The question remains as to whether Jesus’ healing powers were a result of divine intervention, which would leave open the possibility of divine intervention today, or rather because he had a rare ability to heal. In this case, there would be no reason to expect supernatural healing today, unless other contemporary healers could claim similar powers.
It is a question with no ultimate or clear answers. The existential dilemma is clearer. If divine intervention is a possibility, that intervention is random and possibly even cruel in its arbitrary intentions. As a community who have just lost two men of integrity who worked so hard for the good of those around them, the possibility of divine intervention is unthinkable.
It seems to make far more sense to believe in a divine power which fills the universe and dwells within human beings and human relationships. In this scheme it is not so much divine intervention as divine interconnection. The magnetic fields and the chemistry which can be ignited between people suggest the possibility of healing powers. The universe has a random pattern, which takes some people well before their time and leaves others well beyond theirs.
Prayer in this scheme is not so much asking a divine power to change the outcomes of a sickness as it is a commitment to positive energy flowing between and within people. This prayer is powerful and it includes a divine interconnection.
Getting back to the twin roles of Jesus in the first century, it seems no accident that in most cases Jesus healed people who were socially, religiously and politically on the edge. His healings were a challenge to the powers of that day to show compassion. They challenged the Greek philosophical belief in the survival of the fittest. They often included affirming or re-visioning the social status of those healed. They were an integral part of the revolution which Jesus launched to transform the exclusive and patriarchal power elite system of the day. They were part of his non-violent and radically inclusive mission to unite people of all conditions.
Jesus pushed social boundaries (e.g. touching a leper). He pushed religious boundaries (e.g.healing on the Sabbath). He pushed political boundaries by requesting that those healed remain silent. As Ched Myers points out, Jesus’ healing was political as he sought to transform the system of victimiser and victim. ( http://www.simonbarrow.net/article5.html )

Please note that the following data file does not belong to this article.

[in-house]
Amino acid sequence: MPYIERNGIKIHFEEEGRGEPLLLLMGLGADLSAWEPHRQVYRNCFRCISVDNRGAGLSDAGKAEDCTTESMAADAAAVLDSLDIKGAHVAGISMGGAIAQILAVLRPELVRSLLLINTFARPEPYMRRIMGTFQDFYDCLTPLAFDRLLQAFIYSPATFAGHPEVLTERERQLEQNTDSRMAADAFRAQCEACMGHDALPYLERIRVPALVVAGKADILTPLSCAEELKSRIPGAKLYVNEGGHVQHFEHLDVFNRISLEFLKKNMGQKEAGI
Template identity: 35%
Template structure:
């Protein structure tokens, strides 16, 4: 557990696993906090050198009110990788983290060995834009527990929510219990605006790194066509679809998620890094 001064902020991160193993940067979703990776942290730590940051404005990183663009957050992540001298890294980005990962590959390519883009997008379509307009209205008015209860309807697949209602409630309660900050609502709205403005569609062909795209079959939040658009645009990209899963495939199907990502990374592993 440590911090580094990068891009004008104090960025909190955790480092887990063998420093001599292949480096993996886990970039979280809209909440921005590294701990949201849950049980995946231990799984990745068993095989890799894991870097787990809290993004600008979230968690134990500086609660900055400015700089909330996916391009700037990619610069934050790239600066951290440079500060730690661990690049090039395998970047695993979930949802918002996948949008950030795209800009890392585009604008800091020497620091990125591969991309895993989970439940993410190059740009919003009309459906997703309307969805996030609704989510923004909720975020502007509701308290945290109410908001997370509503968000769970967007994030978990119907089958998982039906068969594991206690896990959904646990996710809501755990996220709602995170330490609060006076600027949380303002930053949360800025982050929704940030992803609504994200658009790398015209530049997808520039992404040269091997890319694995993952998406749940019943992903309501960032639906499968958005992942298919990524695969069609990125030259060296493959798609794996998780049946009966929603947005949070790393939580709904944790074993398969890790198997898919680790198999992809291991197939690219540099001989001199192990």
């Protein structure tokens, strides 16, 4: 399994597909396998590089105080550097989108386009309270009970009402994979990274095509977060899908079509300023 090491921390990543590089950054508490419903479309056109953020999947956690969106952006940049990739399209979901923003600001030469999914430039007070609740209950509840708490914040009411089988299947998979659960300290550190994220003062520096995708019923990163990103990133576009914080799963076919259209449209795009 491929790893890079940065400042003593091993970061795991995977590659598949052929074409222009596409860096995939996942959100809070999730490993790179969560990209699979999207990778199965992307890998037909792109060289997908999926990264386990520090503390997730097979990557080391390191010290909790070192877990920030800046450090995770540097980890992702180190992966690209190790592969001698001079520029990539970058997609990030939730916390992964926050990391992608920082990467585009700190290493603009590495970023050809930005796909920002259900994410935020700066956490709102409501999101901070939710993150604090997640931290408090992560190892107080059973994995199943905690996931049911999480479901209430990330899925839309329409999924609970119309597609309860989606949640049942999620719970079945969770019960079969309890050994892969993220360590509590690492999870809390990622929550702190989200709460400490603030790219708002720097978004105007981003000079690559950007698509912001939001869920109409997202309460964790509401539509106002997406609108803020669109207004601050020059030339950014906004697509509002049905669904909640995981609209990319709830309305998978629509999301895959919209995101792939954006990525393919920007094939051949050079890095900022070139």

Above all, in the healing miracles Jesus is affirmed as the Son of God. This doesn’t point to power as much as character. As Son of God, Jesus reveals the character of God, which is a preferential love for the struggler, the questioner and the outsider.
So, where does that leave us today? It certainly leaves us with unanswered questions and grief about loved ones who are lost. It leaves us also with an assurance of a God whose character is found in the connections of the universe; friends who care for us and fill our lives with positive energy, even healing. This God doesn’t intervene or not intervene. This God is the connections we make, the meaning we fill situations with.
It leaves us inspired to carry on the radical care and mission of Jesus. This will be a mission of compassion and social transformation. It will include a challenge of health care systems which are not open to all people and which favour the wealthy. It will include a challenge to religious and health systems which stigmatise people and treat them as no more than their conditions.
Current research in the UK is attempting to make the connection between positive thinking and healing. It is as yet inconclusive. However it points to the opportunity for the church. When the church is involved in life-affirming, proactive social justice work, personal and social healing it is continuing the healing ministry of Jesus. In this the church will reflect the face of Christ, the character of God to those who are struggling for hope.
Finally, the concept of alchemy is as good as any for describing the journey of life, healing and the connections which are divine. The fabled process of turning lead to gold parallels the human journey to transformation. The process is as significant as the result. As the Buddhist monk, Nyanaponika Thera said, “In almost every bad situation there is the possibility of a transformation by which the undesirable may be changed into the desirable.”
The journey through struggle is essential to the transformation, even the negative is part of the learning and healing. It is not so much God teaching lessons, as it is making the connections of life and the universe.
Vicar, St Matthew-in-the-City, Auckland, NZ, http://www.stmatthews.org.nz/